44BG Mission Report - 28 A/C (8 67th) and 2 PFFs were dispatched today and all but one attacked the secondary, the tank factory at Kassel, Germany via PFF. The Primary was the same target if bombed visually. Lt. Bartlett led the second section composed of 67th aircraft and two from the 68th Squadron. Again, PFF equipment was necessary to bomb this target, so results were unobserved. Flak was moderate to intense, but inaccurate. bomb loading was 12 x 500 lb GPs, altitude of 25,500 feet at -37 Centigrade. Enemy aircraft were seen to the rear and it is believed that following Groups were attacked, although no attacks were made on our formation. We received excellent fighter protection and the Group sustained no losses. Lts. Burtsavage and Henneberry had problem with their oxygen systems. Lt. Appelin adds: "Tiger tank factory was a specific target, and results were fair. Received 26 holes from flak. Saw the most beautiful air battle today. Over 300 P-51s hit about 130 FW 190s and ME 109 - the Jerries were hit hard on this one. Poor 445th BG - 25 bombers went down out of 32 in one attack. I have never seen so much fire in such a short time. It was a bit strange(?) to see four lonely ships come out of a Group of 32 bombers ( 2 crash-landed in France) and in only about 30 seconds of attack. It's a fast war! We had to make a second run over the target. First time over nothing happened, but the second one really pulled up the flak." 2nd Lt. Murray promoted to 1st Lt. effective 24th Sept.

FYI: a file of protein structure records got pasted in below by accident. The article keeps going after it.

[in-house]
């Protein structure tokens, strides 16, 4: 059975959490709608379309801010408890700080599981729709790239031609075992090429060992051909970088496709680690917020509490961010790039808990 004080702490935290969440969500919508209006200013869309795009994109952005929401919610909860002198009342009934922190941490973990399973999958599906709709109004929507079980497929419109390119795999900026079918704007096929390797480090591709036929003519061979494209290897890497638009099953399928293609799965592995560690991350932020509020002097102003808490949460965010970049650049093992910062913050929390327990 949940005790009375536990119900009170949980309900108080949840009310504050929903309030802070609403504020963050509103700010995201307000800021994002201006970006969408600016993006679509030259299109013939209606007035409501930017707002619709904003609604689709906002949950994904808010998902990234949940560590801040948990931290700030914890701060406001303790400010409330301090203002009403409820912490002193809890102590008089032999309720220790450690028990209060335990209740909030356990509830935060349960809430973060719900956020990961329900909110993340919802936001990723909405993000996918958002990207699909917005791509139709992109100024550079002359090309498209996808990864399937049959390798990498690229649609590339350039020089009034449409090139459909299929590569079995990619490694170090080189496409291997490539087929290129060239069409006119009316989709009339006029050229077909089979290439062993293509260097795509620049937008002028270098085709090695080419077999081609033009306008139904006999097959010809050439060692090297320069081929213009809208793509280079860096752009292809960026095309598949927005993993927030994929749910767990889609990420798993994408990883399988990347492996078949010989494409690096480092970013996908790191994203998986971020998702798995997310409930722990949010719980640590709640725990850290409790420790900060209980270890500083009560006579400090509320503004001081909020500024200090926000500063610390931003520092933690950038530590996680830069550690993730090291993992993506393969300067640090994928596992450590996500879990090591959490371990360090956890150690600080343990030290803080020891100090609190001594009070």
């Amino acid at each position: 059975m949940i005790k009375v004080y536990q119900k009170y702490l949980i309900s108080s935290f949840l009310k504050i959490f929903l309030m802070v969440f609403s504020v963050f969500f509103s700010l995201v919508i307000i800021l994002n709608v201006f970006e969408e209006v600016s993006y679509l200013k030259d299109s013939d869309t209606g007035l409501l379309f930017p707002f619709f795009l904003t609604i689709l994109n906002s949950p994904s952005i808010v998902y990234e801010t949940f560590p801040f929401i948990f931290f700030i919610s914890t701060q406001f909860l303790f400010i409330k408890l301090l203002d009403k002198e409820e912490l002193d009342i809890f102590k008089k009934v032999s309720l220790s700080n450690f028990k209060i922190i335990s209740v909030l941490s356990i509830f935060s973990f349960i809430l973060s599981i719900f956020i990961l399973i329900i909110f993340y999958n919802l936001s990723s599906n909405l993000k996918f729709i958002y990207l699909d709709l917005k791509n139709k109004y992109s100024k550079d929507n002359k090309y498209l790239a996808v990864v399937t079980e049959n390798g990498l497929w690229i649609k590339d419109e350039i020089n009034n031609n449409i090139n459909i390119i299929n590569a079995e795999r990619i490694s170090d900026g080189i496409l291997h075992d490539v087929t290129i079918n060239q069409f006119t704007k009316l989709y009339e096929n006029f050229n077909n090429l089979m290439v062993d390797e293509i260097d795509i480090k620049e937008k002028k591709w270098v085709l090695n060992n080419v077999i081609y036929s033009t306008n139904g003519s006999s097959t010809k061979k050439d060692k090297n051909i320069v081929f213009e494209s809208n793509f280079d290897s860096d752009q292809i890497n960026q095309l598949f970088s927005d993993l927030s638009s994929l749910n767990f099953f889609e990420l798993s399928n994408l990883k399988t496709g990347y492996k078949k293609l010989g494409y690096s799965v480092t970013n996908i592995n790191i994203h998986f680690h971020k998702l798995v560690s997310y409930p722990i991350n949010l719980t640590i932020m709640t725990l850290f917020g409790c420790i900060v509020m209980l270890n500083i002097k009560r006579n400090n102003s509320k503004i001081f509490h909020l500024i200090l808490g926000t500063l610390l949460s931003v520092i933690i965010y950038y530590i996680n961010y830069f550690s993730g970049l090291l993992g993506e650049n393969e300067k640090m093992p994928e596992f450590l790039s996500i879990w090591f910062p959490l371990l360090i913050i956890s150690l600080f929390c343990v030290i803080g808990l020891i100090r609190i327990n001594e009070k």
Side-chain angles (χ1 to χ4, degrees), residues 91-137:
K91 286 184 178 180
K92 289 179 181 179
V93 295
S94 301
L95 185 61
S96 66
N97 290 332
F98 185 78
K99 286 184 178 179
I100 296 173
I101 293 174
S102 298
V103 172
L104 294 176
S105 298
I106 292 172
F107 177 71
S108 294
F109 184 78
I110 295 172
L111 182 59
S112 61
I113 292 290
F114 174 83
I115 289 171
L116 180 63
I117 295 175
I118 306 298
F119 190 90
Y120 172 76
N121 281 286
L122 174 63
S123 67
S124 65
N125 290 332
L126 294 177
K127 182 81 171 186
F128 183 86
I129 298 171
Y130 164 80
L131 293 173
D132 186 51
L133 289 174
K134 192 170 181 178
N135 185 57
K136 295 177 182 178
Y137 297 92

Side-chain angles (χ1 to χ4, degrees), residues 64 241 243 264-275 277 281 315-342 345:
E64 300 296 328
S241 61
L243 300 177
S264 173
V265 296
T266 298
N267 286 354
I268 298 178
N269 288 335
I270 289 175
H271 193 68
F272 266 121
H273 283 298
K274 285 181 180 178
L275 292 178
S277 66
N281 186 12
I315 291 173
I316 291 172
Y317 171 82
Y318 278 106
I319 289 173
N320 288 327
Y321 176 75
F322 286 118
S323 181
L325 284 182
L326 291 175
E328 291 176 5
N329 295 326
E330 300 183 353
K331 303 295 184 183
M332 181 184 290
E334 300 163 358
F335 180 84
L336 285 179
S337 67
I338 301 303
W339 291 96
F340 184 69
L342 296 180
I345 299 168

source: 44th Bomb Group web page http://www.8thairforce.com/44thbg